Obama campaign officials acknowledged Friday how outmatched they are by Republicans on TV but said they had enough money to compete. They said their ability to identify voters and get them to the polls would help offset the advertising disadvantage.
Romney and the independent groups spent $245 million on ads through the end of August while Obama and his allies spent $188 million, according to information from media buyers provided to The Associated Press. Obama's team front-loaded its ad spending in the spring, but Republicans caught up in June and began outspending Obama by mid-July, often by a 2-1 margin.
Republicans abandoned their efforts in Michigan and Pennsylvania after hoping to make those Democratic-leaning states competitive for Romney.
The GOP hopeful was born in and grew up in Michigan, where his father served as a popular two-term governor. Pennsylvania has a large population of white, working-class voters, which has long been one of Obama's weakest demographic groups. A significant shift in momentum for Romney could put those and other states back in play.
Carl Forti, a top adviser to the Crossroads groups and Restore Our Future, another pro-Romney super PAC, said the battleground map "absolutely" could expand and that, if it does, the Republican-leaning groups will be eager to take advantage.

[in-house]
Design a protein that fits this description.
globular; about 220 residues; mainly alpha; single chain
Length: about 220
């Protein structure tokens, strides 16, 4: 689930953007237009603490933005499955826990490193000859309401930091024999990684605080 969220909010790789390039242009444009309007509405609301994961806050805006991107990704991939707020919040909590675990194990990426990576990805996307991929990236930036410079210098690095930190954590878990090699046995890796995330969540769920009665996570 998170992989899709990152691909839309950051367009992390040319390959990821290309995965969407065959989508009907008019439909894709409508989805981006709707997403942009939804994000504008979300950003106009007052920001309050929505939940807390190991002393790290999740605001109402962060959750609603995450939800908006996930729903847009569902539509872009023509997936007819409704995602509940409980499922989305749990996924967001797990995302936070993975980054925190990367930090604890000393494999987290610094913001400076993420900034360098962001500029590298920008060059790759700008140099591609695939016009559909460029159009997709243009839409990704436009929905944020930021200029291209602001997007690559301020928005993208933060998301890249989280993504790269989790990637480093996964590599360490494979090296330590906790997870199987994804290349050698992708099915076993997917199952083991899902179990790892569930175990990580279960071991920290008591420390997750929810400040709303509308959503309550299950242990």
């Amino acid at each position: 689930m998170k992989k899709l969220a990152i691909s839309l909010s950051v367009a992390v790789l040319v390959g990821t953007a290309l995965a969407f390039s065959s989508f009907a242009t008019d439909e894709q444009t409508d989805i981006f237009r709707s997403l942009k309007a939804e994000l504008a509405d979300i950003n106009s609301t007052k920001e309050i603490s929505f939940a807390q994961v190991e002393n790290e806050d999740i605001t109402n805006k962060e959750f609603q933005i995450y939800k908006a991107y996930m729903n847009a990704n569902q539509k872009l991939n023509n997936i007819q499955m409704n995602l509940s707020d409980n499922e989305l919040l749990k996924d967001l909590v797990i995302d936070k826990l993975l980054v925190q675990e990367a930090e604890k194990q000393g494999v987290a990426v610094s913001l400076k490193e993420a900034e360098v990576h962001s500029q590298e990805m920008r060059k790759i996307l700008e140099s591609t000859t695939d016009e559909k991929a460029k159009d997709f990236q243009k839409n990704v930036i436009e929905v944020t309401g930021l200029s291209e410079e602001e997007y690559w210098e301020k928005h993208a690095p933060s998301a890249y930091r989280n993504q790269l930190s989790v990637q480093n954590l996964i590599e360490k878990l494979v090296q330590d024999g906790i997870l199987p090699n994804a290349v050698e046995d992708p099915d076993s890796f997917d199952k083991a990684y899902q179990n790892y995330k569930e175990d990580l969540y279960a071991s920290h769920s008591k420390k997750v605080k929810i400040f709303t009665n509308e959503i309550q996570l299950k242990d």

"For people who have only partially been paying attention until now, we have an opportunity to win them over," Forti said. "As long as they're disgruntled with the current president, they'll continue to look elsewhere."
Both sides are looking at Wisconsin as a potential new battleground after Romney named Wisconsin Rep. Paul Ryan as his running mate. Americans for Prosperity and Restore Our Future each spent about $2 million there earlier in the campaign after Republicans beat back a Democratic- and union-backed effort to recall GOP Gov. Scott Walker. Priorities USA Action has recently begun airing ads in Wisconsin, where polls still show Obama leading Romney.
Associated Press writers Jack Gillum in Washington and Jim Kuhnhenn in Portsmouth, N.H., contributed to this report.
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